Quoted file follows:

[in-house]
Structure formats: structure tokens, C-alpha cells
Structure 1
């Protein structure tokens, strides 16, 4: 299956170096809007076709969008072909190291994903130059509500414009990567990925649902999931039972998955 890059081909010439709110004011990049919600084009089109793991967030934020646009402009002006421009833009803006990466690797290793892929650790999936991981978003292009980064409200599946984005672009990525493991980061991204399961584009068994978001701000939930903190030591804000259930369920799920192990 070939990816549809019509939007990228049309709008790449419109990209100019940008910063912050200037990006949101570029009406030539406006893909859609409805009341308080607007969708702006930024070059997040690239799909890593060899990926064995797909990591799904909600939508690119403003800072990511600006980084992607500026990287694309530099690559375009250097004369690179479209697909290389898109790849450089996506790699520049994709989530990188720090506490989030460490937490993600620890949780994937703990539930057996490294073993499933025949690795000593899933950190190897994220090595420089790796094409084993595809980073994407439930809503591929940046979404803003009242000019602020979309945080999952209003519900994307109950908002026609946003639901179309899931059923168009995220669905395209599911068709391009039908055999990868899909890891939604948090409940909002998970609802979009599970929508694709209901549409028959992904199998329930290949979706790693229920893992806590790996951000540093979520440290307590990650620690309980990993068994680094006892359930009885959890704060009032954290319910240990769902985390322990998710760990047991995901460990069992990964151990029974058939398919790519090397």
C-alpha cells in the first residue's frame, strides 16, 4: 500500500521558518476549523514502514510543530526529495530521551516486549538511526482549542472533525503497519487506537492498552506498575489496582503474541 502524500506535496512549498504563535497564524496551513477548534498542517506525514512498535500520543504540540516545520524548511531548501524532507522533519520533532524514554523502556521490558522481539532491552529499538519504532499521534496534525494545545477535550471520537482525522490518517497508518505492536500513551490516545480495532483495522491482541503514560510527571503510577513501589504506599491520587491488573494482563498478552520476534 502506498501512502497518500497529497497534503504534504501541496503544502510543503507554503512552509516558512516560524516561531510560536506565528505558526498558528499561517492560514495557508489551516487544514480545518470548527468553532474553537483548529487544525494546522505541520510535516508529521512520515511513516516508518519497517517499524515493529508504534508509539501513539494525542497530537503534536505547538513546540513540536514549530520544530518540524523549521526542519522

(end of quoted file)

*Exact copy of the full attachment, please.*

[in-house]
Structure formats: structure tokens, C-alpha cells
Structure 1
């Protein structure tokens, strides 16, 4: 299956170096809007076709969008072909190291994903130059509500414009990567990925649902999931039972998955 890059081909010439709110004011990049919600084009089109793991967030934020646009402009002006421009833009803006990466690797290793892929650790999936991981978003292009980064409200599946984005672009990525493991980061991204399961584009068994978001701000939930903190030591804000259930369920799920192990 070939990816549809019509939007990228049309709008790449419109990209100019940008910063912050200037990006949101570029009406030539406006893909859609409805009341308080607007969708702006930024070059997040690239799909890593060899990926064995797909990591799904909600939508690119403003800072990511600006980084992607500026990287694309530099690559375009250097004369690179479209697909290389898109790849450089996506790699520049994709989530990188720090506490989030460490937490993600620890949780994937703990539930057996490294073993499933025949690795000593899933950190190897994220090595420089790796094409084993595809980073994407439930809503591929940046979404803003009242000019602020979309945080999952209003519900994307109950908002026609946003639901179309899931059923168009995220669905395209599911068709391009039908055999990868899909890891939604948090409940909002998970609802979009599970929508694709209901549409028959992904199998329930290949979706790693229920893992806590790996951000540093979520440290307590990650620690309980990993068994680094006892359930009885959890704060009032954290319910240990769902985390322990998710760990047991995901460990069992990964151990029974058939398919790519090397």
C-alpha cells in the first residue's frame, strides 16, 4: 500500500521558518476549523514502514510543530526529495530521551516486549538511526482549542472533525503497519487506537492498552506498575489496582503474541 502524500506535496512549498504563535497564524496551513477548534498542517506525514512498535500520543504540540516545520524548511531548501524532507522533519520533532524514554523502556521490558522481539532491552529499538519504532499521534496534525494545545477535550471520537482525522490518517497508518505492536500513551490516545480495532483495522491482541503514560510527571503510577513501589504506599491520587491488573494482563498478552520476534 502506498501512502497518500497529497497534503504534504501541496503544502510543503507554503512552509516558512516560524516561531510560536506565528505558526498558528499561517492560514495557508489551516487544514480545518470548527468553532474553537483548529487544525494546522505541520510535516508529521512520515511513516516508518519497517517499524515493529508504534508509539501513539494525542497530537503534536505547538513546540513540536514549530520544530518540524523549521526542519522